Because of my background in IT field support and my lengthy experience with building PCs, setting up wired and wireless networks, learning software and troubleshooting all of the aforementioned I was able to assist Deb with an issue on the studio Mac even though I know very little about Apple products.  As such I suspect along with being a local news reader I will be assisting the station and staff with system related issues and also perhaps suggesting upgrades; to really be functional in these arenas I will need to learn the Mac OS much better but that just requires some time.  I do enjoy being able to assist where ever I can and I already know such assistance is welcomed by the KTNA folks so it really is a ‘win-win’ situation for all involved!

By volunteering some time at KTNA I will have the opportunity to meet and interact with many more local folks and that’s something I truly value.  I suspect that as winter comes on – at least assuming it does as its unheard of to have no accumulating snow by the start of November yet all I see is bare ground as of November 3rd – having a place to interact with other Talkeetna residents will become even more important to me.  I’m also hoping that by assisting the station with system and network related issues I will be able to get my name out into the community as someone who is willing to work on systems and networks.  While I could probably make a bit of income doing this my real goal is to get myself inculcated into the barter system.  I would be happy to do system repair/upgrades or similar network efforts for just the cost of any parts; I’ll bank reimbursement for my time and expertise such that years down the road when I need my roof worked on or the well serviced I’ll be able to call in some favors.  That’s just one more aspect of rural Alaskan living that I’m looking forward to indulging within..!

8 thoughts on “Volunteering & Newscasts

  1. Mr. Was: Congratulations on finding the NPR outlet! I don’t know if they have a streaming online presence, but I will look for it!

    • Hey Mr. Beer – As always GREAT to hear from ya! Yes, KTNA does stream online; just put ‘ktna.org’ in the browser of your choice and that should take you to the station’s home page. On the top options line look all the way to the right and you will see ‘listen on-line’; click on that and you will probably get a message about downloading a ‘.pls’ file. Go ahead and do so; if you have something like ‘Win Amp’ (www.winamp.com for the free download) or similar audio app it will recognize the .pls file, open it and you’ll have access to the streaming broadcast from KTNA. Tomorrow (Tuesday – 11/5) I’m going in at 10:00 AKST to create my demo tape and take a brief written test; I should have everything finished and graded by noon. Assuming I pass – and I’d like to think I will – I could be doing the evening local news as early as Tuesday evening. I know it’ll be the evening slot because the program director (Deb) already told me they are very thin regarding personnel to handle that time slot which runs from 18:00 to 18:25 AKST Monday through Friday. Let me know if you have any issues and I should be able to assist you further. Hope alls well with you and yours; it sure is getting dark early up here especially with the time shift. I noticed it was ‘night’ dark by 18:00 yesterday and it won’t be light enough to see anything outside until 08:55 this morning. Of course we’re almost to the halfway point between the Autumnal Equinox and the Winter Solstice so this is to be expected. A few days back I was testing a new rangefinder I just purchased from Bushnell (‘The Truth’) and I decided to shoot the sun’s angle right at noon while walking the dogs; I was shocked to see it was just 13 degrees off the horizon! No wonder all I see nowadays are long shadows regardless of the time of day. Thanks for following me!! Bill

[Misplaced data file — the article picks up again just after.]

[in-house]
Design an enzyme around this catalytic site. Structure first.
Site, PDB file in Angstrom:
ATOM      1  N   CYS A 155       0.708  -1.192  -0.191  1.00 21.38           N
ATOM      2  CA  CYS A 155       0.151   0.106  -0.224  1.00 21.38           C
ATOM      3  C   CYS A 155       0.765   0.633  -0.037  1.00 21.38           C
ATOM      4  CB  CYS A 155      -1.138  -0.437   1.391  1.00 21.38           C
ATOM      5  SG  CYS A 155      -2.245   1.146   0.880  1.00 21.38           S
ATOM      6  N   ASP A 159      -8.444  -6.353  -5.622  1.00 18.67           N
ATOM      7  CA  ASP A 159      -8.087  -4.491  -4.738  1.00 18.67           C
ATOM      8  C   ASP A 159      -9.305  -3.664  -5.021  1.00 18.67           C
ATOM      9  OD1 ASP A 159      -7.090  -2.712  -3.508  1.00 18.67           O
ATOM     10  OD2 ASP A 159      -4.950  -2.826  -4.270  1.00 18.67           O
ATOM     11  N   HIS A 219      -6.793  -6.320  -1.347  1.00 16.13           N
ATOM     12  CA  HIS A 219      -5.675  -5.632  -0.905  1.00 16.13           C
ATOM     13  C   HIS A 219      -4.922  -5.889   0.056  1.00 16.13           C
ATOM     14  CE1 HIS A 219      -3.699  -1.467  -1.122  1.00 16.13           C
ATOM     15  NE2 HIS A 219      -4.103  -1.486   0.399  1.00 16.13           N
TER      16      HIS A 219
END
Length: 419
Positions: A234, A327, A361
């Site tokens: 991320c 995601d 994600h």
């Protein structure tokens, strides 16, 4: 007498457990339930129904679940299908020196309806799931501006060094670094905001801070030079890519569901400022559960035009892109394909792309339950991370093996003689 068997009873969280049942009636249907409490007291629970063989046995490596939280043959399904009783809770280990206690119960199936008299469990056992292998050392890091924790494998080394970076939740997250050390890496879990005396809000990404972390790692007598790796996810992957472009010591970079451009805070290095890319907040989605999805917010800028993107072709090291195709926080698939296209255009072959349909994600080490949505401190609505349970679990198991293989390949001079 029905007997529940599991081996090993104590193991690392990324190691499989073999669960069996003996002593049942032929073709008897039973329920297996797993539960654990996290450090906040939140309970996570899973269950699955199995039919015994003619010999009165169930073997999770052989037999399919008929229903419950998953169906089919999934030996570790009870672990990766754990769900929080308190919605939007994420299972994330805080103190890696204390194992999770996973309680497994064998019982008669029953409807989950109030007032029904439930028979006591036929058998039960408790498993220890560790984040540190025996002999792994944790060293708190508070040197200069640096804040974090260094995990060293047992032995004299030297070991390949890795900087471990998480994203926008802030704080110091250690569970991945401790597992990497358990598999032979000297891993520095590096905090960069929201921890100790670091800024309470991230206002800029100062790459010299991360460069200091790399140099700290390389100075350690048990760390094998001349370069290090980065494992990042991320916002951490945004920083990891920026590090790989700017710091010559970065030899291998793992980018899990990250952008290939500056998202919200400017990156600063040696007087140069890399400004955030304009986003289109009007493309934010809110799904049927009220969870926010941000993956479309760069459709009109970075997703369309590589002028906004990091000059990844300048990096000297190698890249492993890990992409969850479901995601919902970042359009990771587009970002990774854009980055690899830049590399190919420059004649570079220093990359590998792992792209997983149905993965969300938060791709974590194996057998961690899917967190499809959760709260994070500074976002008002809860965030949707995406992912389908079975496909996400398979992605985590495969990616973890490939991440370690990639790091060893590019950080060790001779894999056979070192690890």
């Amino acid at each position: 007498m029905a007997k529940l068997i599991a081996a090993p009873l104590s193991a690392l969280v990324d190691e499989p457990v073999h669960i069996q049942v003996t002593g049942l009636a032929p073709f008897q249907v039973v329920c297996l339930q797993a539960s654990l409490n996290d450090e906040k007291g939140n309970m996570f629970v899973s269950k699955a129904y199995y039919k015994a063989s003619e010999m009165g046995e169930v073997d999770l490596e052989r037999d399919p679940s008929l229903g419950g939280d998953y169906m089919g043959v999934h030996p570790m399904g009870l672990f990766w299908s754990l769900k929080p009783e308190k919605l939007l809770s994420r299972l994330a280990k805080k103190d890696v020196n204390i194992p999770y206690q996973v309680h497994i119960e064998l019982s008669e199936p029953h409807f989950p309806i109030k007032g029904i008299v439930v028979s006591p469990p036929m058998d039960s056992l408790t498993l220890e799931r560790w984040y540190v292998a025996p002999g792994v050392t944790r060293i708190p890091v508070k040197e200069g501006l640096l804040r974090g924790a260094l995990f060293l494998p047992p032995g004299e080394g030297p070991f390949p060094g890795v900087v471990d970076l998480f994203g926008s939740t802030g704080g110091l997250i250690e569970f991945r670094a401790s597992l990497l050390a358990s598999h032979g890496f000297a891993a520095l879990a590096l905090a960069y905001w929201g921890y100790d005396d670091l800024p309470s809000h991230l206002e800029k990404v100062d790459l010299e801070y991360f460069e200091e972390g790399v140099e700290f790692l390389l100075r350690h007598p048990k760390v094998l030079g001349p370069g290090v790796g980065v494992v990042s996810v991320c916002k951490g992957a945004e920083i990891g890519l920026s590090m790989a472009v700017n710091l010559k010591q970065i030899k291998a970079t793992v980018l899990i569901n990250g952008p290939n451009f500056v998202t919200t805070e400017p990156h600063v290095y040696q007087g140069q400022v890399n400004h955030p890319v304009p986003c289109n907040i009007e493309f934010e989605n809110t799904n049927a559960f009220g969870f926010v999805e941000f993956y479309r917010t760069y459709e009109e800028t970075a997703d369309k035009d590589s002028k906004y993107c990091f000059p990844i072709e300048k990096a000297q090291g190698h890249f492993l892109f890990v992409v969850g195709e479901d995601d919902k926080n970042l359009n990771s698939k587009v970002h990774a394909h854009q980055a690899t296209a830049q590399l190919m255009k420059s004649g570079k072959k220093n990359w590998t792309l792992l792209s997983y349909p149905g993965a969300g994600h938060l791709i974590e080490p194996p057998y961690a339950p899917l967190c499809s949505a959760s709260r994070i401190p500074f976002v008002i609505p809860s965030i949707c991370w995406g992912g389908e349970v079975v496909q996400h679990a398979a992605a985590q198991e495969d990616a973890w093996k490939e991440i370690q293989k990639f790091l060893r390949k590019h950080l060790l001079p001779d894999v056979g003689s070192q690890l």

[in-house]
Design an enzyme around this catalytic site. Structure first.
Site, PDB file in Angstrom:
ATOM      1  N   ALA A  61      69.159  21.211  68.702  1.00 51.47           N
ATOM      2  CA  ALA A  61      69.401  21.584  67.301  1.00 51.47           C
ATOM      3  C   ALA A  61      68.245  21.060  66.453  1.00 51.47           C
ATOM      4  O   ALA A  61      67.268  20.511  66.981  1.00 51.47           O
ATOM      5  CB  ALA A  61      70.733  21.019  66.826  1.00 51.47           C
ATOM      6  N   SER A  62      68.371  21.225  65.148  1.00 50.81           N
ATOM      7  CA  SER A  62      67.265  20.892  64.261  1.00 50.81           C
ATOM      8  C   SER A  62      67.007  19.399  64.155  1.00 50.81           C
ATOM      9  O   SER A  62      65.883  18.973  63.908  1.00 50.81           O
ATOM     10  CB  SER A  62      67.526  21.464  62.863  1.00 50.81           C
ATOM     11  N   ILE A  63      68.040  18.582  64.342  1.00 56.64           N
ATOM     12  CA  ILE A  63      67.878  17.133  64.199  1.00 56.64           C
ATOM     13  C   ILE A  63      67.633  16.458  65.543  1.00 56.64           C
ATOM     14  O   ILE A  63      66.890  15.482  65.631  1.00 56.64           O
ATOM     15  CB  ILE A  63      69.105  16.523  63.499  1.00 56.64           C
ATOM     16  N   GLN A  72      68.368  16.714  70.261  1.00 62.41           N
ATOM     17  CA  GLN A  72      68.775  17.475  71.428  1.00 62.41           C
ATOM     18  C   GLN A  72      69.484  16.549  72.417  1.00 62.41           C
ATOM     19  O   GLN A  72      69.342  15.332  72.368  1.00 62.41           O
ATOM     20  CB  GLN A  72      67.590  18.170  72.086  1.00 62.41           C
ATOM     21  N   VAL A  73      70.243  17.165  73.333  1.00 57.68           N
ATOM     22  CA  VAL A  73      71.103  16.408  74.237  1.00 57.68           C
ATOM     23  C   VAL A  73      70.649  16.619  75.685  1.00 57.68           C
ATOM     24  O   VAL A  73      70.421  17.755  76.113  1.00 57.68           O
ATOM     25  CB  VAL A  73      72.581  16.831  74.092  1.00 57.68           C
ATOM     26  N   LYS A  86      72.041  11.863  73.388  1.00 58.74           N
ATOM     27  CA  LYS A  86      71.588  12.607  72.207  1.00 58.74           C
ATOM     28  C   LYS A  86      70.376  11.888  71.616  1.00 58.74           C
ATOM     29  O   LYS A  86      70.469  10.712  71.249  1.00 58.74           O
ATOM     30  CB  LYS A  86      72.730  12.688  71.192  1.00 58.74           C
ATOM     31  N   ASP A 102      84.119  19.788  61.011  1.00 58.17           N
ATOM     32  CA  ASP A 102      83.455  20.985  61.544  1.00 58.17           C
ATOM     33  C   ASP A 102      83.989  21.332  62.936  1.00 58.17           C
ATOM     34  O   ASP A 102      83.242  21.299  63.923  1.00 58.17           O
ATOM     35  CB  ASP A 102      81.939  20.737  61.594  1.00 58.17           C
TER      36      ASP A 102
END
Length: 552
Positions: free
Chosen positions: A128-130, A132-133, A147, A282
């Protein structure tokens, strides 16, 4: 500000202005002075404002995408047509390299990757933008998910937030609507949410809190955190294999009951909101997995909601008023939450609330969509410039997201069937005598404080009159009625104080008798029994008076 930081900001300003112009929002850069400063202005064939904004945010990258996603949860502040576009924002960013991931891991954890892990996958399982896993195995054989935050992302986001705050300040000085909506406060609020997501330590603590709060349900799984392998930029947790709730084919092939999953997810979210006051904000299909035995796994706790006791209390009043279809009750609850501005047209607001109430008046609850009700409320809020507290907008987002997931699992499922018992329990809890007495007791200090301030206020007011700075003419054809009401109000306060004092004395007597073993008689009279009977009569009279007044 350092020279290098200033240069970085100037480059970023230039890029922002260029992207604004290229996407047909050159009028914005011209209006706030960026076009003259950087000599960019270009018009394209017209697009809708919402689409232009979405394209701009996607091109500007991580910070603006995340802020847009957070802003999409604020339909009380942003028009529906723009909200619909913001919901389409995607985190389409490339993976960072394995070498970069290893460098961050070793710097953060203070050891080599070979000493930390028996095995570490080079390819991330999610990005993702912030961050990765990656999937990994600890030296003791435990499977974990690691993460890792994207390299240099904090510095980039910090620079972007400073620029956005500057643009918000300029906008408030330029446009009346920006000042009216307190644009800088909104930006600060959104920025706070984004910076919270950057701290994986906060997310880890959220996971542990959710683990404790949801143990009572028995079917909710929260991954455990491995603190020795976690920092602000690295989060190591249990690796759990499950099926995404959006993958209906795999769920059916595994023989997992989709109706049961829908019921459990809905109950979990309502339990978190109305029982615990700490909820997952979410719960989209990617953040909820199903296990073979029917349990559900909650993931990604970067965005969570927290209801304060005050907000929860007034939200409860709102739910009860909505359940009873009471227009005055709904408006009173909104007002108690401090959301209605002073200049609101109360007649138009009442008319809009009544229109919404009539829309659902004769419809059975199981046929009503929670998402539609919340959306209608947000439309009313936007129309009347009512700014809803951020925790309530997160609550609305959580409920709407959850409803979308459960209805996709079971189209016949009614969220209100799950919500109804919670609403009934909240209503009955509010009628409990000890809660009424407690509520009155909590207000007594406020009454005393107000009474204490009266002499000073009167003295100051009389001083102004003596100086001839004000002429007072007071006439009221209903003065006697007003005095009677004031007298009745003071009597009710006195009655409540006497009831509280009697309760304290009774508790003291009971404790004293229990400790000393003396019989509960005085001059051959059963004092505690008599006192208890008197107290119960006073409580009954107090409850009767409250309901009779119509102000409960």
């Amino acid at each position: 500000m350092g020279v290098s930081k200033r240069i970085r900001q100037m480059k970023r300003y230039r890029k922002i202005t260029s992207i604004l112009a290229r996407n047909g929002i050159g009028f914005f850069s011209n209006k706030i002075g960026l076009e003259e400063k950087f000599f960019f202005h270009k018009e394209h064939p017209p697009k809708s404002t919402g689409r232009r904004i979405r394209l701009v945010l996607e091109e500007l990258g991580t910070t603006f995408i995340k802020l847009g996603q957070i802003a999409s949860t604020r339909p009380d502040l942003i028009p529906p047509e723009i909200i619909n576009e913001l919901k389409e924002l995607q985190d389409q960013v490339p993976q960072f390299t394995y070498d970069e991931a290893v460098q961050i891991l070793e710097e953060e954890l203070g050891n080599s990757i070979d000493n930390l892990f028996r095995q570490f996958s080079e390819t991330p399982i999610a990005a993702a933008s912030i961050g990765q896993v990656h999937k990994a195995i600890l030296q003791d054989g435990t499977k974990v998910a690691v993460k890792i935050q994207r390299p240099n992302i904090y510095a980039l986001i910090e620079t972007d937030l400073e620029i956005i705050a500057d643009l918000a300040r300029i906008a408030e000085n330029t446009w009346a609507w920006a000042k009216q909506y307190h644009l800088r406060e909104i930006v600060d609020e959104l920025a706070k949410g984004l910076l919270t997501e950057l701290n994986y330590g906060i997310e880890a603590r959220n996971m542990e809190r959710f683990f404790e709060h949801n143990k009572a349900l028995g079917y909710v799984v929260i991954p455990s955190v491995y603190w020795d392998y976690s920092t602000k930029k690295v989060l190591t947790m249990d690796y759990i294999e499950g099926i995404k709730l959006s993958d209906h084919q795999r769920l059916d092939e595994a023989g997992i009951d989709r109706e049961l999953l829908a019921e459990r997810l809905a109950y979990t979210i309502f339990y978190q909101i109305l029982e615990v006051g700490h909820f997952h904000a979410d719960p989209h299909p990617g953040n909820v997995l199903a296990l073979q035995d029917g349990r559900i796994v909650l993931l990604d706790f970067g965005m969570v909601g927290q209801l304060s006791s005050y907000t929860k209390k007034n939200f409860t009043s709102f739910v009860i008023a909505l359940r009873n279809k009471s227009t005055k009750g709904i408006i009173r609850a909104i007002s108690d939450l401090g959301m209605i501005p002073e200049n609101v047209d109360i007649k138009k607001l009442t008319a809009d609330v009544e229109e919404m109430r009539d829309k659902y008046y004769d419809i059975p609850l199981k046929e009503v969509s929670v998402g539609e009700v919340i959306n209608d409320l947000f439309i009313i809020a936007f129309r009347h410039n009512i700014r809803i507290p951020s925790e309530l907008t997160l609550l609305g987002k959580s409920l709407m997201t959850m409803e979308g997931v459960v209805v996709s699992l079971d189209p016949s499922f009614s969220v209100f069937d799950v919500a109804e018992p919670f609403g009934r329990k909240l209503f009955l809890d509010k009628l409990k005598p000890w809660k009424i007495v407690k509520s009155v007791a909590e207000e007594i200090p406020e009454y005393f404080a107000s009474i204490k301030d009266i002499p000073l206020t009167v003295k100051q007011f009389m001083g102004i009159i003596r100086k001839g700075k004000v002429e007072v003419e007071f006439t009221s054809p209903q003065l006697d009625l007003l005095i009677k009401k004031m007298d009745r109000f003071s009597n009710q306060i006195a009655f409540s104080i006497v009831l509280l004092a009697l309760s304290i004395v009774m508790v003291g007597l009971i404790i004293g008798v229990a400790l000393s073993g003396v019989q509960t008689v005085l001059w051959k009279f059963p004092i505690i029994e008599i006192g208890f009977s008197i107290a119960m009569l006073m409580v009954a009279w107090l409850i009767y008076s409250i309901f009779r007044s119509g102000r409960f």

2. I looked for net streaming from the station, but can’t find it. Will try again on Monday.

    Sent from AOL Mobile Mail

    • Hi Tom – Just put ‘ktna.org’ in the browser of your choice; that should take you to the station’s home page. On the top options line look all the way to the right and you will see ‘listen on-line’; click on that and you will probably get a message about downloading a ‘.pls’ file. Go ahead and do so; if you have something like ‘Win Amp’ (if you’re running a PC) or similar audio app it will recognize the .pls file, open it and you’ll have access to the streaming broadcast from KTNA. There’s a similar app if you use a Mac. Tomorrow (Tuesday – 11/5) I’m going in at 10:00 AKST to create my demo tape and take a brief written test; I should have everything finished and graded by noon. Assuming I pass – and I’d like to think I will – I could be doing the evening local news as early as Tuesday evening. I know it’ll be the evening slot because the program director (Deb) already told me they are very thin regarding personnel to handle that time slot which runs from 18:00 to 18:25 AKST Monday through Friday. Let me know if you have any issues and I should be able to assist you further. Thanks for following me!! Bill